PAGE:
POV – Point of View

“Story is muddy. May shift to alternate POV.” “Diving into deep POV for better insight into MC’s motives.”

(Warning! Using the #POV hashtag may garner you a whole passle of p0rn bots & followers of a questionable ilk. Evidently, it’s a particular filming style for adult-movies. This, I must stress, was news to me.)

LI – Love Interest

A must for romance and, often, for YA. “Help! LI is currently more interesting than MC.”

YA – Young Adult

Not just books for ages 12 & up, but books that speak to the perpetual teen in all of us. From “Tom Sawyer” and “Pride and Prejudice” to “Artemis Fowl,” “Harry Potter,” and “Twilight.”

MG – Middle Grade

Books for kids 8 – 12 years old. Classics of the genre include “Nancy Drew,” the “Hardy Boys,” “Chronicles of Narnia,” and “Charlotte’s Web.”

SF/F – Science Fiction / Fantasy

See? Now “Worried about nailing the drones’ POV in SF/F WIP” should be readily understandable.

NF – Non-Fiction

Or Newfoundland.

RWA - Romance Writers of America

Also Risk-Weighted Assets. Which may have more to do with one's friends than one's writing...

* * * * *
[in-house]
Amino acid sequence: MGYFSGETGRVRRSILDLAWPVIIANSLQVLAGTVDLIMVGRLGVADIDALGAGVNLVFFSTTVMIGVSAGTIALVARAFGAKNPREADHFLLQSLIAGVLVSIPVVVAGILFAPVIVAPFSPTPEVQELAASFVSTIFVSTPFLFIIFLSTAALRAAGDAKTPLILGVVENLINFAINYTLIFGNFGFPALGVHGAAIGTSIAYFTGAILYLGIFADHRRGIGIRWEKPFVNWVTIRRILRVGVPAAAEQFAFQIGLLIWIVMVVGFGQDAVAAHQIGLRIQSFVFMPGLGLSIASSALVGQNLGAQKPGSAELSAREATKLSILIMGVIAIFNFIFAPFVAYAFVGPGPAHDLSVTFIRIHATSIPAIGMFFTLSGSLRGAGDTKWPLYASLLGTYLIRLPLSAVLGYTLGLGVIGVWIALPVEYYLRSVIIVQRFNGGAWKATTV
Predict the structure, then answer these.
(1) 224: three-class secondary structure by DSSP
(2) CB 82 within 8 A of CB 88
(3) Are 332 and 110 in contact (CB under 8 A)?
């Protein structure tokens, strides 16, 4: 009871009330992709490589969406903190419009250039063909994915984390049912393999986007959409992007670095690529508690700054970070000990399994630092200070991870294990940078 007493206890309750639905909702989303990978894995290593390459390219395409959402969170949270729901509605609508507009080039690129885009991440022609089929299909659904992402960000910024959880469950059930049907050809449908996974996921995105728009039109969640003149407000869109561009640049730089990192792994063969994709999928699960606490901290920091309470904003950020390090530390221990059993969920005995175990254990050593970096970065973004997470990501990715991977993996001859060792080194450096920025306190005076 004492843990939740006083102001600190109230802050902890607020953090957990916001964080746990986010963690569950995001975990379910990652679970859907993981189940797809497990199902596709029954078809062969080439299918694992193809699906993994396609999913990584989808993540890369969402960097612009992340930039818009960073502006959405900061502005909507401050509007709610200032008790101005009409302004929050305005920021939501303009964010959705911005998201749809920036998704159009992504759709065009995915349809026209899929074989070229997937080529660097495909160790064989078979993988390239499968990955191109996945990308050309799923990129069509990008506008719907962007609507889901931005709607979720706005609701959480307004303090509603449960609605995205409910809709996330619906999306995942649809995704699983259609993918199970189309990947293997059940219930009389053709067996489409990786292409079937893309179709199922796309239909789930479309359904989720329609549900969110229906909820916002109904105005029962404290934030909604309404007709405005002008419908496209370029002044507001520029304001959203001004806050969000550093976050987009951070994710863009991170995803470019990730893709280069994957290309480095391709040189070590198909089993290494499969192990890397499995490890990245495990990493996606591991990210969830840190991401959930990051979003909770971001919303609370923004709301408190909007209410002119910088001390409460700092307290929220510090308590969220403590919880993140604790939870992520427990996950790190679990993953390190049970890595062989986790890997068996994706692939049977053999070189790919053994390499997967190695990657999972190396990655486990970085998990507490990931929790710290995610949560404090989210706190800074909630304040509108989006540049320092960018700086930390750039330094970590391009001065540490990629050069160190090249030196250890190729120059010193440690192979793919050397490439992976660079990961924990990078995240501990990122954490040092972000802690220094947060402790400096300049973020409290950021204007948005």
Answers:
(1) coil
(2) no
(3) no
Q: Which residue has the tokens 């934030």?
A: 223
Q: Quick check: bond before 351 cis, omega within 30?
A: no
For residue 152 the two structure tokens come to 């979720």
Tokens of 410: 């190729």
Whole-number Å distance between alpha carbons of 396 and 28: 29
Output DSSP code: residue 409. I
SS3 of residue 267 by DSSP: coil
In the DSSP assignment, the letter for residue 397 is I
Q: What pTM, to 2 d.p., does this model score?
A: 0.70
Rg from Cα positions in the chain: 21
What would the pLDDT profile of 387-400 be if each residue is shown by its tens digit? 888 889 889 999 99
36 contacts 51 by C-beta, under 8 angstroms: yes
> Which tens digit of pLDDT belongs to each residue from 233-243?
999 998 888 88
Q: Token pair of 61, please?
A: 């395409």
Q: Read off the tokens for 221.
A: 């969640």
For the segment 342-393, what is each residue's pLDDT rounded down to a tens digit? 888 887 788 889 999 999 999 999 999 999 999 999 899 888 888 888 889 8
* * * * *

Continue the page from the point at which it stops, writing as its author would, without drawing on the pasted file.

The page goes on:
PW - Publisher's Weekly

Affording bragging rights to published authors & their agents everywhere.

ARC – Advance Reader Copy

The pre-release prints of a book distributed to reviewers. Generally used by excited agents & publishers. “Want to win an ARC of my @greatnewauthor’s #greatnewbook! See my #blog for contest details!”

And that, dear readers, is all the TWAP that's fit to print for now. My job here is done. Coffee calls! Now back to work on my WIP. I'm feeling lonely for my MC...

Monday, June 28, 2010

Lessons Learned While Walking in an Agent's Shoes

Don’t judge a person, the old adage advises, until you’ve walked a mile in his shoes. Or her heels.

I recently experienced, on a small scale, what was very close to a mile in an agent’s life. I confess my eyes were opened to nuances in the submission process that escaped me while walking in my regular Writer’s Shoes. It’s amazing how quickly one learns what makes a submission stand out, what rubs one the wrong way, and what is clearly a waste of everyone’s time when the shoe is on the other foot.

Walk with me, if you will, and I’ll share the lessons I recently learned.

Lesson 1: My Loyalties Lie With Those I Know

Before beginning the jaunt, a bit of backstory is warranted.